The Latest Project

So, I wasn’t sure what to write about today.  This is probably not technically a gardening or food post, but we’ll see if I can connect it.  My Dear Husband has many talents, one of which is woodworking.  He can make the most beautiful cabinets, furniture, rocking horses, and just about anything else out of wood.  He and I had been talking for a while about putting a wine glass rack over the kitchen sink.  My thought was that it would take the place of a valance over the window and just bring something unique to the space.  The problem was with lighting.  I had a fluorescent light over the kitchen sink (not my favorite kind of light, but it allowed me to see if the dishes are clean).  If we put up the wine rack, we would have to remove the light.  Solution…light the wine rack.  This created a new problem…how to light it.  We went to our local building supply store to look at lighting, and wow, is it expensive.  We just couldn’t put out $60-$100 for a light over the sink right now, so back to square one.  Then I noticed that our craft store already had their Christmas displays out (way too early in my opinion, but who listens to my opinion anyway).  I decided to try Christmas lights on my wine rack.  I was a little leery of regular Christmas lights, as they have been known to cause fires (and sometimes I don’t remember to turn off the light over the sink), so I thought we would try LED Christmas lights.

Well, we have put up the rack (with lights) and I am still uncertain as to how well I like it.  Don’t get me wrong, I still think it is a great idea and really like the way the glasses look over the sink, but I think I would like to change out the lighting eventually.  First, the LED Christmas lights DO NOT give out much light.  The only way I can tell they give out any light is if it is completely dark in the room when I turn them on.  So I really don’t have as much light as I would like when I wash dishes.  Second, I’m not sure how I feel about seeing all the light bulbs.  Please tell me what you think:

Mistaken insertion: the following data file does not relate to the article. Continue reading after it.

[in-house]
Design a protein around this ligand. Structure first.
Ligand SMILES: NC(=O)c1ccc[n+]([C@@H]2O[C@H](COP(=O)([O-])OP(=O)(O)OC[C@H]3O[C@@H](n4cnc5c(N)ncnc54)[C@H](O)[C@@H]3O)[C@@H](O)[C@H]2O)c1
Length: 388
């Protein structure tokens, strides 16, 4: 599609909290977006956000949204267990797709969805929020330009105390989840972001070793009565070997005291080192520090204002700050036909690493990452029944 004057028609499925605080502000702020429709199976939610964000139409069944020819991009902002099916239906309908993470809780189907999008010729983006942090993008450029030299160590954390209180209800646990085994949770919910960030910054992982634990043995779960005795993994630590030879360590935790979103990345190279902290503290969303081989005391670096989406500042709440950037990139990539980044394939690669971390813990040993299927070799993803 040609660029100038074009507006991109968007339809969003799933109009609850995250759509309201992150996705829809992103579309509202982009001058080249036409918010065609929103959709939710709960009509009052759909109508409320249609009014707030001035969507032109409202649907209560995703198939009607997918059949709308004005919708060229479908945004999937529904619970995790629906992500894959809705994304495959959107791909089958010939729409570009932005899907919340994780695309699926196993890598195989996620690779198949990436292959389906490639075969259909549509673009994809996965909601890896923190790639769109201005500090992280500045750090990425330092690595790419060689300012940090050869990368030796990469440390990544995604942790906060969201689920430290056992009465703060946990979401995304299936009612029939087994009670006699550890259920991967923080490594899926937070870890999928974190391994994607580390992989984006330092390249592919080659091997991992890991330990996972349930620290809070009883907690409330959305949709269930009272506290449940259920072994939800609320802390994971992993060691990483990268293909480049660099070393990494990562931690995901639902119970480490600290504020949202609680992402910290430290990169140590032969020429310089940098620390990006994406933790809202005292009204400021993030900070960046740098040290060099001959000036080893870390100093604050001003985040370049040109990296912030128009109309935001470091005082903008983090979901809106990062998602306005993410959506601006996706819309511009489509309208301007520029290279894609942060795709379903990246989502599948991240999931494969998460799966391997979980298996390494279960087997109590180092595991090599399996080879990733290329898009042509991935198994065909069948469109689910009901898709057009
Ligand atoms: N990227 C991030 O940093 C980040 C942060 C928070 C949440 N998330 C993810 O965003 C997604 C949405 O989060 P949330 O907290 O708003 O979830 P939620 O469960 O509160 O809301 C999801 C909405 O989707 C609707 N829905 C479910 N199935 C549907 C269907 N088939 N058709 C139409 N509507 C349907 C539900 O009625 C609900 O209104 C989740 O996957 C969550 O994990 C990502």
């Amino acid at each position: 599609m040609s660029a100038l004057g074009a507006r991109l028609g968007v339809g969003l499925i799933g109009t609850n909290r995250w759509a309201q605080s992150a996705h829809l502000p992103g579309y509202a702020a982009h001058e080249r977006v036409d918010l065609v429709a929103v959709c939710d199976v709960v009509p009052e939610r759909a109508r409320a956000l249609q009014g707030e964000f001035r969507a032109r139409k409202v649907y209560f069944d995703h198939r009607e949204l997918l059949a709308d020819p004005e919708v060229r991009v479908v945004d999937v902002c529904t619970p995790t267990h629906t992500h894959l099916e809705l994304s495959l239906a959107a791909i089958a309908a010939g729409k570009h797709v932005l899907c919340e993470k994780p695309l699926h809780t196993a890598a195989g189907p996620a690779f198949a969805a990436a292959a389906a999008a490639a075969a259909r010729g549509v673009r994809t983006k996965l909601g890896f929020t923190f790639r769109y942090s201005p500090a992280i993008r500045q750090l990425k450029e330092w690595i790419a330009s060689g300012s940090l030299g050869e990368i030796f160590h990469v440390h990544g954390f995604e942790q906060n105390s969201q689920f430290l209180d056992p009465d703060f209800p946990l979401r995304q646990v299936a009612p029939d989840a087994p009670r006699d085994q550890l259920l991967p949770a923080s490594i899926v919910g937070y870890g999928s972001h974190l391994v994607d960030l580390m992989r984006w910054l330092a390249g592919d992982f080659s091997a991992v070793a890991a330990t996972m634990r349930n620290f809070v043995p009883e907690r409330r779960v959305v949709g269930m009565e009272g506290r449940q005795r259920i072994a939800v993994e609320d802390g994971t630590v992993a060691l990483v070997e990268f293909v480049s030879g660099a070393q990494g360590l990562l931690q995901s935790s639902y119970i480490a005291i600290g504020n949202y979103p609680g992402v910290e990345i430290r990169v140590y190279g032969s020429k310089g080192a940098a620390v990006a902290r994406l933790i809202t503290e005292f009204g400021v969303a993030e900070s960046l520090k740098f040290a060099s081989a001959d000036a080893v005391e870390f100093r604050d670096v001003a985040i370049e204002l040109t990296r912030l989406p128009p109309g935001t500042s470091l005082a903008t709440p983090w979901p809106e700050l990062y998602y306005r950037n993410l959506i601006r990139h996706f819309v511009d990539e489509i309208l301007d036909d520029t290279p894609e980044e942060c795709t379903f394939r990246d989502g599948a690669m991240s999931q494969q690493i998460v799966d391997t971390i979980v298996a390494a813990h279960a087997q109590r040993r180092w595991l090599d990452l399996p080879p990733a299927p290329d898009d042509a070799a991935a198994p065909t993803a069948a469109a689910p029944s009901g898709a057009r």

I really like the rack, and my DH did a wonderful job, I just need to figure out if there is a better lighting solution.

By the way, did you notice the view out the window?

Unlit During the Day

That is one of my many Crepe Myrtles and I just love seeing the beautiful flowers out my window.  See, I was able to make this about gardening :-)

What is your favorite recent project? 

Home Canning Tomatoes

This week has been quite productive.  On Monday, I sold my first two trays of sweets.  One tray of cookies (lemon cookies and sugar cookies) and one tray of brownie bites (mixed flavors).  It was a last minute order and I delivered it in about 4 hours.  Woo Hoo!

Then on Wednesday I realized I had a few too many fresh tomatoes to eat before they went bad (you never actually have too many tomatoes).  So I canned a few of them.  I did two separate canning processes and thought I would tell you about them here.

First, I canned regular, home grown, garden tomatoes.  These are the big, sweet, juicy, delicious ones that you just can’t get in the store.  They will make the most wonderful soups this winter!  I happen to have my grandmother’s copy of a booklet called “Food Preservation in Alabama” (published in 1950).  The process for canning tomatoes that I found in there makes the best canned tomatoes of all.  Here is what it says:

“A water-bath canner is used for processing fruits, tomatoes, pimientos, rhubarb, jam, preserves and relishes.  The temperature of boiling water (212 degrees F) is the temperature required for destroying bacteria that would be harmful to these products.  A higher temperature will affect flavor and vitamin content.”